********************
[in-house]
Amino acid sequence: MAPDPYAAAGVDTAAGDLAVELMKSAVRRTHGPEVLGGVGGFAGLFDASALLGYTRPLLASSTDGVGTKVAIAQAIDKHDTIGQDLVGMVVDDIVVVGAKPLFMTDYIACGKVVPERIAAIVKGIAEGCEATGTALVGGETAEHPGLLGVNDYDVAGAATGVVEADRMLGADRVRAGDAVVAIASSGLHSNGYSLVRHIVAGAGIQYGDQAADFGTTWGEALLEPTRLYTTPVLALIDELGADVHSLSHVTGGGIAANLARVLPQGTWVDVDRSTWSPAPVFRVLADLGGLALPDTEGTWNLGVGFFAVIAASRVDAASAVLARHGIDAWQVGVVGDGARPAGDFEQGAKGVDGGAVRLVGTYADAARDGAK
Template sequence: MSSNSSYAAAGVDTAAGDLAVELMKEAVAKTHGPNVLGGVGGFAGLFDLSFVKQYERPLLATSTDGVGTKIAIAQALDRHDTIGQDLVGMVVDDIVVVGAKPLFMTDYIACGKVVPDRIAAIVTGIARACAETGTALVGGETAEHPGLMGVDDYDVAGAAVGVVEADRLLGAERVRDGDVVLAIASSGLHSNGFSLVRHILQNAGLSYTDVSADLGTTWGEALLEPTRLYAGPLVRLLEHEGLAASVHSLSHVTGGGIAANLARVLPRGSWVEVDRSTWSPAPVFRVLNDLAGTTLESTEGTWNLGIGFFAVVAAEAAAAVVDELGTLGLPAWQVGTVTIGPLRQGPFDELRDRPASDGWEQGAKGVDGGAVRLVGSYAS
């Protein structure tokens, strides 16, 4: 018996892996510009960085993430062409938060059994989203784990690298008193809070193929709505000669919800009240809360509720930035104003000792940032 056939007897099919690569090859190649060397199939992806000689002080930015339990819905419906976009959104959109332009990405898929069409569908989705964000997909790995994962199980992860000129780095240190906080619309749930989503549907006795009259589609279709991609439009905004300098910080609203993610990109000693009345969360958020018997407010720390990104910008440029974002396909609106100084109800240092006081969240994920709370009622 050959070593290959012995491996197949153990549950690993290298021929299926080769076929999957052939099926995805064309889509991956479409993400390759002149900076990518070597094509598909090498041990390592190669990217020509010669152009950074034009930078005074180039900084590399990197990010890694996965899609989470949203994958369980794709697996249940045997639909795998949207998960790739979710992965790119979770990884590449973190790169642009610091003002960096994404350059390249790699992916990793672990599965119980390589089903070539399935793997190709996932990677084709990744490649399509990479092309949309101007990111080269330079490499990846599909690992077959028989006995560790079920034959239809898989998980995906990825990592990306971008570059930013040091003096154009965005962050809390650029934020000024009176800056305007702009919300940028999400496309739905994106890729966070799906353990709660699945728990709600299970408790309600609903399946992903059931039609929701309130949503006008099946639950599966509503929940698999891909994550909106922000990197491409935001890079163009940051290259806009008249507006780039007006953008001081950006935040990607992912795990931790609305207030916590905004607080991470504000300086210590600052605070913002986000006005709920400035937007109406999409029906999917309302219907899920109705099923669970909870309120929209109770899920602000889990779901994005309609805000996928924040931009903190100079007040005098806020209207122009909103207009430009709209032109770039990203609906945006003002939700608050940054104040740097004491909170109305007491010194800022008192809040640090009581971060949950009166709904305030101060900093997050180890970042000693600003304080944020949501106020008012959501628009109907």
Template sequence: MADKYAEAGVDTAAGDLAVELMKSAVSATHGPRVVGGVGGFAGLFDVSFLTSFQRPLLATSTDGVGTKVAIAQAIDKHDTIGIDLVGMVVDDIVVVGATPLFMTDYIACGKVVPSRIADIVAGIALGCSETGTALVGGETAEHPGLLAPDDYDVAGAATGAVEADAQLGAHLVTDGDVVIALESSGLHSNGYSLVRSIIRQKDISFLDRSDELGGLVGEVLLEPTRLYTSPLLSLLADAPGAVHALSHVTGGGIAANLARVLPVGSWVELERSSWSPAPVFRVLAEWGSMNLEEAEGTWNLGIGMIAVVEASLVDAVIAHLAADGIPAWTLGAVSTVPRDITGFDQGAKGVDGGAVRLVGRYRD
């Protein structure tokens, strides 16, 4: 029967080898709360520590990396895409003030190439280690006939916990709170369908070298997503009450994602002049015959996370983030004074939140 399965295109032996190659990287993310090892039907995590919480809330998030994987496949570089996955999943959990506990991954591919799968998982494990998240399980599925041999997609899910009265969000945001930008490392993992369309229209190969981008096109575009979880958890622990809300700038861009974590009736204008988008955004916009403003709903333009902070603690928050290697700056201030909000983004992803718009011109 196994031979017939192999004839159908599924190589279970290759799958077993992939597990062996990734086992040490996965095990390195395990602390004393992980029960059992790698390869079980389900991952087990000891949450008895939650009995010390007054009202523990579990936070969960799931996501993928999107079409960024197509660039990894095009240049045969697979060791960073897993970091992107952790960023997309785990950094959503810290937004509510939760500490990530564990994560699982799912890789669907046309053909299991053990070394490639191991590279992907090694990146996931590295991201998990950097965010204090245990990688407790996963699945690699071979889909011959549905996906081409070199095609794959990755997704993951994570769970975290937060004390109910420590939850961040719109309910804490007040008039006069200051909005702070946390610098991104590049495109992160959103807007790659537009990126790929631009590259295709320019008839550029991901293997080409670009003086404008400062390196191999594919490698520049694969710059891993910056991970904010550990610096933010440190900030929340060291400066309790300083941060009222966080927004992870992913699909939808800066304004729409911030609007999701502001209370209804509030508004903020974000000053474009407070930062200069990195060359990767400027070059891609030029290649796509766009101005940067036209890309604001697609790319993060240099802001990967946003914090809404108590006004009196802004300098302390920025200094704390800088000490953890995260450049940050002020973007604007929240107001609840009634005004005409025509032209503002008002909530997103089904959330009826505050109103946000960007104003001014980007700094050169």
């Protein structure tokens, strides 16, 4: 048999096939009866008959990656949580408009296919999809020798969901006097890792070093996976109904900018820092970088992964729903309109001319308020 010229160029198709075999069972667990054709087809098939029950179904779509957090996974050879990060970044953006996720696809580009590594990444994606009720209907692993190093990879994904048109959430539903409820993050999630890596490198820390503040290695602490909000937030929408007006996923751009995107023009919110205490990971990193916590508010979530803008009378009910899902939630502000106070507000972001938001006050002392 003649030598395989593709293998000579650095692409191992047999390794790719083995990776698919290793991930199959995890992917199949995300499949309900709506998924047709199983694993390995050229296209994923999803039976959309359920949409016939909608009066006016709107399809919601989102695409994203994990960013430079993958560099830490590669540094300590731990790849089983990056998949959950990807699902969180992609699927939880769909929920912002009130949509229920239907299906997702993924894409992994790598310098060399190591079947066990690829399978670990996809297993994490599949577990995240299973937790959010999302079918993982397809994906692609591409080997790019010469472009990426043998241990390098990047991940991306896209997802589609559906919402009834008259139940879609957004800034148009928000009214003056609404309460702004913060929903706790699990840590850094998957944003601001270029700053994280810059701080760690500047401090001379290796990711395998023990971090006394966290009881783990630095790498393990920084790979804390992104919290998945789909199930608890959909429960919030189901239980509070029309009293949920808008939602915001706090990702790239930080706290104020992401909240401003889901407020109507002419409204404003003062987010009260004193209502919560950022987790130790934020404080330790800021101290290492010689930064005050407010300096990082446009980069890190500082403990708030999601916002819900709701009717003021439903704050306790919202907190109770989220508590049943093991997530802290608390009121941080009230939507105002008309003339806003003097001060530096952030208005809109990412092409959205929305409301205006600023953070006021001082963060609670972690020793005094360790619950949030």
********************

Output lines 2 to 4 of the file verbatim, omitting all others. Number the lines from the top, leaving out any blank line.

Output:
Amino acid sequence: MAPDPYAAAGVDTAAGDLAVELMKSAVRRTHGPEVLGGVGGFAGLFDASALLGYTRPLLASSTDGVGTKVAIAQAIDKHDTIGQDLVGMVVDDIVVVGAKPLFMTDYIACGKVVPERIAAIVKGIAEGCEATGTALVGGETAEHPGLLGVNDYDVAGAATGVVEADRMLGADRVRAGDAVVAIASSGLHSNGYSLVRHIVAGAGIQYGDQAADFGTTWGEALLEPTRLYTTPVLALIDELGADVHSLSHVTGGGIAANLARVLPQGTWVDVDRSTWSPAPVFRVLADLGGLALPDTEGTWNLGVGFFAVIAASRVDAASAVLARHGIDAWQVGVVGDGARPAGDFEQGAKGVDGGAVRLVGTYADAARDGAK
Template sequence: MSSNSSYAAAGVDTAAGDLAVELMKEAVAKTHGPNVLGGVGGFAGLFDLSFVKQYERPLLATSTDGVGTKIAIAQALDRHDTIGQDLVGMVVDDIVVVGAKPLFMTDYIACGKVVPDRIAAIVTGIARACAETGTALVGGETAEHPGLMGVDDYDVAGAAVGVVEADRLLGAERVRDGDVVLAIASSGLHSNGFSLVRHILQNAGLSYTDVSADLGTTWGEALLEPTRLYAGPLVRLLEHEGLAASVHSLSHVTGGGIAANLARVLPRGSWVEVDRSTWSPAPVFRVLNDLAGTTLESTEGTWNLGIGFFAVVAAEAAAAVVDELGTLGLPAWQVGTVTIGPLRQGPFDELRDRPASDGWEQGAKGVDGGAVRLVGSYAS
């Protein structure tokens, strides 16, 4: 018996892996510009960085993430062409938060059994989203784990690298008193809070193929709505000669919800009240809360509720930035104003000792940032 056939007897099919690569090859190649060397199939992806000689002080930015339990819905419906976009959104959109332009990405898929069409569908989705964000997909790995994962199980992860000129780095240190906080619309749930989503549907006795009259589609279709991609439009905004300098910080609203993610990109000693009345969360958020018997407010720390990104910008440029974002396909609106100084109800240092006081969240994920709370009622 050959070593290959012995491996197949153990549950690993290298021929299926080769076929999957052939099926995805064309889509991956479409993400390759002149900076990518070597094509598909090498041990390592190669990217020509010669152009950074034009930078005074180039900084590399990197990010890694996965899609989470949203994958369980794709697996249940045997639909795998949207998960790739979710992965790119979770990884590449973190790169642009610091003002960096994404350059390249790699992916990793672990599965119980390589089903070539399935793997190709996932990677084709990744490649399509990479092309949309101007990111080269330079490499990846599909690992077959028989006995560790079920034959239809898989998980995906990825990592990306971008570059930013040091003096154009965005962050809390650029934020000024009176800056305007702009919300940028999400496309739905994106890729966070799906353990709660699945728990709600299970408790309600609903399946992903059931039609929701309130949503006008099946639950599966509503929940698999891909994550909106922000990197491409935001890079163009940051290259806009008249507006780039007006953008001081950006935040990607992912795990931790609305207030916590905004607080991470504000300086210590600052605070913002986000006005709920400035937007109406999409029906999917309302219907899920109705099923669970909870309120929209109770899920602000889990779901994005309609805000996928924040931009903190100079007040005098806020209207122009909103207009430009709209032109770039990203609906945006003002939700608050940054104040740097004491909170109305007491010194800022008192809040640090009581971060949950009166709904305030101060900093997050180890970042000693600003304080944020949501106020008012959501628009109907």